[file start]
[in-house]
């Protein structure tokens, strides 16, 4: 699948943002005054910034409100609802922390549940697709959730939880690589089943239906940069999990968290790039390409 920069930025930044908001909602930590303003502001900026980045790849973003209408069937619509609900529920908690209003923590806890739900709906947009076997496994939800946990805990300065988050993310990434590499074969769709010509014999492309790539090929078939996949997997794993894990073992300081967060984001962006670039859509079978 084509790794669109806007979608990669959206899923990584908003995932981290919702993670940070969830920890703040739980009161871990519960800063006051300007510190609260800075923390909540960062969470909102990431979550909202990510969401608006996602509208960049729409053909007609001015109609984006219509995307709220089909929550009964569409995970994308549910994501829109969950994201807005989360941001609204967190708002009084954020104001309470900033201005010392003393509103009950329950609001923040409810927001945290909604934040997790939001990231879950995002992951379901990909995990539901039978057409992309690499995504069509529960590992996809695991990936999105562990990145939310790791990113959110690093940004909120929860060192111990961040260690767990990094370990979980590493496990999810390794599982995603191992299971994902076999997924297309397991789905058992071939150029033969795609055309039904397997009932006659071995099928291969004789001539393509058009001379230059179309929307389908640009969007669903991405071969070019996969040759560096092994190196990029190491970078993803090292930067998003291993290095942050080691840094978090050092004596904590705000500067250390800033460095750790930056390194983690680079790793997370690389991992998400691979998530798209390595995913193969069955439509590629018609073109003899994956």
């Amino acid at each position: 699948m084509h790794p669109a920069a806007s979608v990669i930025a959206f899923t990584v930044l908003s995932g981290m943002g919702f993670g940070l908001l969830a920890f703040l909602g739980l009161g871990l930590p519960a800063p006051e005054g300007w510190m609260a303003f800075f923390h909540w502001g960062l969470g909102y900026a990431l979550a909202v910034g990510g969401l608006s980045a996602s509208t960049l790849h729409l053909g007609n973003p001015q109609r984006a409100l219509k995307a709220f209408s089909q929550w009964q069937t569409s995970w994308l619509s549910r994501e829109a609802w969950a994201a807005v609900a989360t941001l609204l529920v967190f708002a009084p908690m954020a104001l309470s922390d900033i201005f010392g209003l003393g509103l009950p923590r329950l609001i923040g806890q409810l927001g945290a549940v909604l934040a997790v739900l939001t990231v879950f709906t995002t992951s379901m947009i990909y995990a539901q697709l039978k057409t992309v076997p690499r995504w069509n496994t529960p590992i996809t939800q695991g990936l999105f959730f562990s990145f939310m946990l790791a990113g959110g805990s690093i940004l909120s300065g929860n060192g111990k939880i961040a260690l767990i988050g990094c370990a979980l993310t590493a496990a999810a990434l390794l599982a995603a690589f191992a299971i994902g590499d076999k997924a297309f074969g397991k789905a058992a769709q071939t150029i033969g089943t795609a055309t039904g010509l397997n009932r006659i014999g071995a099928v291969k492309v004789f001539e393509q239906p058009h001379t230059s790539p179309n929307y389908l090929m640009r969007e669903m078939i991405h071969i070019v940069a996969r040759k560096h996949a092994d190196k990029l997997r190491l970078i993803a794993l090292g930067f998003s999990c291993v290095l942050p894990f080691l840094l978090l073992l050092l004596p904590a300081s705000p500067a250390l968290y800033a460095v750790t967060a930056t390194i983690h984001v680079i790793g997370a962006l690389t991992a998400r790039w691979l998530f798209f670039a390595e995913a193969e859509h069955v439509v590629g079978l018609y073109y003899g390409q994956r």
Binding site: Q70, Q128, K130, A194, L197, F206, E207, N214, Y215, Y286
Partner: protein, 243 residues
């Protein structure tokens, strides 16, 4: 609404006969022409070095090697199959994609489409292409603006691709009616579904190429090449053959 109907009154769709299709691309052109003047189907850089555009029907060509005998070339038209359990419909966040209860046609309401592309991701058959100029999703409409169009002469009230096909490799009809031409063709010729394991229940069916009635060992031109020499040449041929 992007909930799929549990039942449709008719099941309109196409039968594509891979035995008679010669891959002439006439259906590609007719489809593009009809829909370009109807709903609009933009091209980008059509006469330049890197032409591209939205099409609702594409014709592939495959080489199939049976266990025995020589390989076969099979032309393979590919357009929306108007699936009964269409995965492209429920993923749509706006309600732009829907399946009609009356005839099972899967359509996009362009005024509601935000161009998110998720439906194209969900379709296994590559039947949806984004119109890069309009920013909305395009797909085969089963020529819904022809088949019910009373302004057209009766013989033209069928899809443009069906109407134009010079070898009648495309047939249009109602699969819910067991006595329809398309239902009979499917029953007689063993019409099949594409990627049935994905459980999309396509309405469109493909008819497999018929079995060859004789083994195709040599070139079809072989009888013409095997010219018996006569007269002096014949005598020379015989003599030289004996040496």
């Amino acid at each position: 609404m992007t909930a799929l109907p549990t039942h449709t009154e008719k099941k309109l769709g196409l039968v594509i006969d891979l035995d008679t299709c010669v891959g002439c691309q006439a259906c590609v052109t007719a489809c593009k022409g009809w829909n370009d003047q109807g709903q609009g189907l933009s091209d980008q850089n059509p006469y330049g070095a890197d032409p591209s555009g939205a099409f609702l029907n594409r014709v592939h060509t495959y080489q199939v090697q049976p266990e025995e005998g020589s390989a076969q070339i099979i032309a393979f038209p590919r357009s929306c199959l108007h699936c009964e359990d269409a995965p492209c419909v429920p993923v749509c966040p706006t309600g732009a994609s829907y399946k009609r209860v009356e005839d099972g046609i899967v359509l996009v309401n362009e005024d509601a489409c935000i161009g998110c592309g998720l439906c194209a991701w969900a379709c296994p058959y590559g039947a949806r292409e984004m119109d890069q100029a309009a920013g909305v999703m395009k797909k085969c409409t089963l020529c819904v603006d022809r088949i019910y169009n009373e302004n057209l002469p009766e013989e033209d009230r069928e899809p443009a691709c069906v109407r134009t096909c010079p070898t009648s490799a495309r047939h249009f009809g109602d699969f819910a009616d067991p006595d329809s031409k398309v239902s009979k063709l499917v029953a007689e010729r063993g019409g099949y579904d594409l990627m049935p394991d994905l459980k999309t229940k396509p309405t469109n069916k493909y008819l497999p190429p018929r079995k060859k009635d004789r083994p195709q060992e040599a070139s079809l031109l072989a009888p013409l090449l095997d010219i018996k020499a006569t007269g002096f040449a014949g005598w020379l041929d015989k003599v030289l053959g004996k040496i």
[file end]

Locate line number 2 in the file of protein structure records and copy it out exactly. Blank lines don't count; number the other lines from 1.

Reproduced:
């Protein structure tokens, strides 16, 4: 699948943002005054910034409100609802922390549940697709959730939880690589089943239906940069999990968290790039390409 920069930025930044908001909602930590303003502001900026980045790849973003209408069937619509609900529920908690209003923590806890739900709906947009076997496994939800946990805990300065988050993310990434590499074969769709010509014999492309790539090929078939996949997997794993894990073992300081967060984001962006670039859509079978 084509790794669109806007979608990669959206899923990584908003995932981290919702993670940070969830920890703040739980009161871990519960800063006051300007510190609260800075923390909540960062969470909102990431979550909202990510969401608006996602509208960049729409053909007609001015109609984006219509995307709220089909929550009964569409995970994308549910994501829109969950994201807005989360941001609204967190708002009084954020104001309470900033201005010392003393509103009950329950609001923040409810927001945290909604934040997790939001990231879950995002992951379901990909995990539901039978057409992309690499995504069509529960590992996809695991990936999105562990990145939310790791990113959110690093940004909120929860060192111990961040260690767990990094370990979980590493496990999810390794599982995603191992299971994902076999997924297309397991789905058992071939150029033969795609055309039904397997009932006659071995099928291969004789001539393509058009001379230059179309929307389908640009969007669903991405071969070019996969040759560096092994190196990029190491970078993803090292930067998003291993290095942050080691840094978090050092004596904590705000500067250390800033460095750790930056390194983690680079790793997370690389991992998400691979998530798209390595995913193969069955439509590629018609073109003899994956």